Cross-pollination is the transport of pollen from a single plant to a different plant by insects or the wind. It merges the hereditary characteristics of two plants and creates more varied species.
Cross-pollination works the opposite way of self-pollination, in which a plant transfers pollen grains to itself to produce fruits and seeds. Cross-pollinated species often generate stronger seeds than self-pollinated plants. The plants that result from cross-pollination adapt better to changes in the surroundings, compared to plants produced by self-pollination that sometimes fail to adjust. Species that use both self-pollination and cross-pollination typically produce a higher quality and number of seeds when they breed through cross-pollination. The most common pollinators are bees, which deliver pollen to other flowers as they collect nectar from flowers. Other pollinators include flies, moths and butterflies.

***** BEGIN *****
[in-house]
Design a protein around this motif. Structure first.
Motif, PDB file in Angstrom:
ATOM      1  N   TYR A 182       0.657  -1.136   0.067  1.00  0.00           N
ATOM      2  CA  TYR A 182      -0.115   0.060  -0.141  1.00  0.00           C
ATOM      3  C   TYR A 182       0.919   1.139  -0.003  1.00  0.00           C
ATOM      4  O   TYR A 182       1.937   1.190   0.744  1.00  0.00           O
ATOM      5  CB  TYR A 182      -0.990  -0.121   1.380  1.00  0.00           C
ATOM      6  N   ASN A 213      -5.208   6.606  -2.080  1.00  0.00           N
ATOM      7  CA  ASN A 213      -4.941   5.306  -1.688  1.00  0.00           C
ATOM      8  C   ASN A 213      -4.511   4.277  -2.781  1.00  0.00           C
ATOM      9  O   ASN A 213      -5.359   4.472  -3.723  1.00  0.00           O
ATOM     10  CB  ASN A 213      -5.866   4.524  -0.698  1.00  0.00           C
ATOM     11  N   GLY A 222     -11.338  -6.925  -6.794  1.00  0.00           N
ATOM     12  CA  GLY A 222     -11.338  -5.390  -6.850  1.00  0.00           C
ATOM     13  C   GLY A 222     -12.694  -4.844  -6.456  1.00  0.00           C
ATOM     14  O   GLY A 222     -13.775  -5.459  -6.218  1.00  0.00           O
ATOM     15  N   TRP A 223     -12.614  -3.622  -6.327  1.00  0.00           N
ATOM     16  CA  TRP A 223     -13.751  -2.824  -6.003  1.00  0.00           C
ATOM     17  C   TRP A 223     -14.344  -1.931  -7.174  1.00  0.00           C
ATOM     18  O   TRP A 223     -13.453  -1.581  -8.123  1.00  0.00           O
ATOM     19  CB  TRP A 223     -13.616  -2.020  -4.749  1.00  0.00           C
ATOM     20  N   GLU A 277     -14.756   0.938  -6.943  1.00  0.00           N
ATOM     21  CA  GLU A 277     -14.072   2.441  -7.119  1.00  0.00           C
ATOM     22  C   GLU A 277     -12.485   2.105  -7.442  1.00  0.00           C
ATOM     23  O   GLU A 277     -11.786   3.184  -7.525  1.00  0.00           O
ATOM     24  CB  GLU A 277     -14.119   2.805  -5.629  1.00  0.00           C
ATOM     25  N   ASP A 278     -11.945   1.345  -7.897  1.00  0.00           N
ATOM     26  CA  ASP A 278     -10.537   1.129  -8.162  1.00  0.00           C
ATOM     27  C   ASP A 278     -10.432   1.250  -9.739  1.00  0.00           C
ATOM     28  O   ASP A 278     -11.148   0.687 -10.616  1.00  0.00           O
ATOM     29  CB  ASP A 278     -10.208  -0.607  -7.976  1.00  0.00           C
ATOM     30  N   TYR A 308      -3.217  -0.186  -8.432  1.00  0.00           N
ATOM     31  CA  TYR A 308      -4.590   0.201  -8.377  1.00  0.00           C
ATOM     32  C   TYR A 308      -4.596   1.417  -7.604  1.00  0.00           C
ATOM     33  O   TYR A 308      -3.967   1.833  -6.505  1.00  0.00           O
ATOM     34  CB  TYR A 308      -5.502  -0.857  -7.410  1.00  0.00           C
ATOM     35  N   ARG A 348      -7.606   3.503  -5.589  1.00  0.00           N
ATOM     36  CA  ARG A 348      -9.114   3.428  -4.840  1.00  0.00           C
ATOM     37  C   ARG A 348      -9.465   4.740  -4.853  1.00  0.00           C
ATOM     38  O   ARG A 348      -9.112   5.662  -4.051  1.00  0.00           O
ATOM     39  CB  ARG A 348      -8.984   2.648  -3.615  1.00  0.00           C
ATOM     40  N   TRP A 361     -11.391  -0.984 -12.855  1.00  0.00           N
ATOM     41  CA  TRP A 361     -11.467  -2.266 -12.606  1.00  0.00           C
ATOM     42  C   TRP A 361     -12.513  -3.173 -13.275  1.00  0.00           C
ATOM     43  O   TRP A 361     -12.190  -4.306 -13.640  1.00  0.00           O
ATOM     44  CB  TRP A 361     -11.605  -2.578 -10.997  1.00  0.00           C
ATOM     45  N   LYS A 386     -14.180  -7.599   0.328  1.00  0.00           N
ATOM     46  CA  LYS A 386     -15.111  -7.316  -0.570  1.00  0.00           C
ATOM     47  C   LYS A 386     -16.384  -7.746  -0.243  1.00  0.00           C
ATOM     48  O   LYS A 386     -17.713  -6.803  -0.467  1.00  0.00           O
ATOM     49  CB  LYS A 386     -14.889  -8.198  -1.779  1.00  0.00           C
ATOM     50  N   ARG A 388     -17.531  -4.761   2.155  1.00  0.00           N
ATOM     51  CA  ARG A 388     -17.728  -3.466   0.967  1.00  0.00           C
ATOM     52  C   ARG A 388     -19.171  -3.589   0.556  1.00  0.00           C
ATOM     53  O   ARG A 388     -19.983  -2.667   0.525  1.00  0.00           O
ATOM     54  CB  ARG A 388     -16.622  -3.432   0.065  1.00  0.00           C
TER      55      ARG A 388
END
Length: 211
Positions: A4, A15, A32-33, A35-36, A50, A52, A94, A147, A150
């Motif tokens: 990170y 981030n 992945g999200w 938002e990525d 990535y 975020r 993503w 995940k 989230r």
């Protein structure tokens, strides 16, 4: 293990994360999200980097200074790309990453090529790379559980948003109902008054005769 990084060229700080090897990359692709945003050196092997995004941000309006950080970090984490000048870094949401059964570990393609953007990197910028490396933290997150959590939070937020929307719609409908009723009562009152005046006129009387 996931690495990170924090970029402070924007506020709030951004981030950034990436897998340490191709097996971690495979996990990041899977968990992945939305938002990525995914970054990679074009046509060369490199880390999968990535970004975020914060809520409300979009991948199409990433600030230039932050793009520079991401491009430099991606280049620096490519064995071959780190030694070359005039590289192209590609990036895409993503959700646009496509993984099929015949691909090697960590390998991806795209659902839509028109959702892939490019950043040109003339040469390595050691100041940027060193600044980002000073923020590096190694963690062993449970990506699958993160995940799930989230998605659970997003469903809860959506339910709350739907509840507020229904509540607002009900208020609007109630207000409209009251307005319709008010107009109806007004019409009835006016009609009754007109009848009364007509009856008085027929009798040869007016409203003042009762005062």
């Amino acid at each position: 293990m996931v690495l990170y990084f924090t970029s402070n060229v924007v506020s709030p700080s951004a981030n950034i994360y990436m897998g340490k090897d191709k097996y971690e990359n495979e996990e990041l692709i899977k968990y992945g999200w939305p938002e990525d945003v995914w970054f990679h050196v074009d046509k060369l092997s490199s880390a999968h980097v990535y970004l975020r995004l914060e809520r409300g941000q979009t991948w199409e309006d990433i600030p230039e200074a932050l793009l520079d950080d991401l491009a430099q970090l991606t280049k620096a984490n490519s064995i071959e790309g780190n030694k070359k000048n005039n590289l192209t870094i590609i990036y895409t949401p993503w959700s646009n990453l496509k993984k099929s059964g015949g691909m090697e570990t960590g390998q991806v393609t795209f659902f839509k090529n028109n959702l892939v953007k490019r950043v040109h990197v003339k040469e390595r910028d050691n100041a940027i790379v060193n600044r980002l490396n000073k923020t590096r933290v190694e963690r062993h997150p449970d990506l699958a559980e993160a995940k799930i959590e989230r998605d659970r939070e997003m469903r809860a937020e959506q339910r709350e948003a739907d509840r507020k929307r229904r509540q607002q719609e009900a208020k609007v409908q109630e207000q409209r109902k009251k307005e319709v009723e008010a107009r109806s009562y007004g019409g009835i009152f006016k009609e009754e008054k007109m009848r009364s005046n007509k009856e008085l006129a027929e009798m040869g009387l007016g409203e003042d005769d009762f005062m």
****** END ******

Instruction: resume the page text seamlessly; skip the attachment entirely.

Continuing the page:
Dioecious plants, such as the willow, can produce seeds through cross-pollination only, because their male and female flowers are found on separate plants. In contrast, monoecious plants can use self-pollination, as they possess both male and female flowers on a single plant or sometimes in one flower. One of the artificial methods people use to prevent self-pollination in monoecious plants is by cutting or tying bags over the male flowers. Agriculturists apply cross-pollination in the creation of hybrid corn and numerous other kinds of hybrid flowers.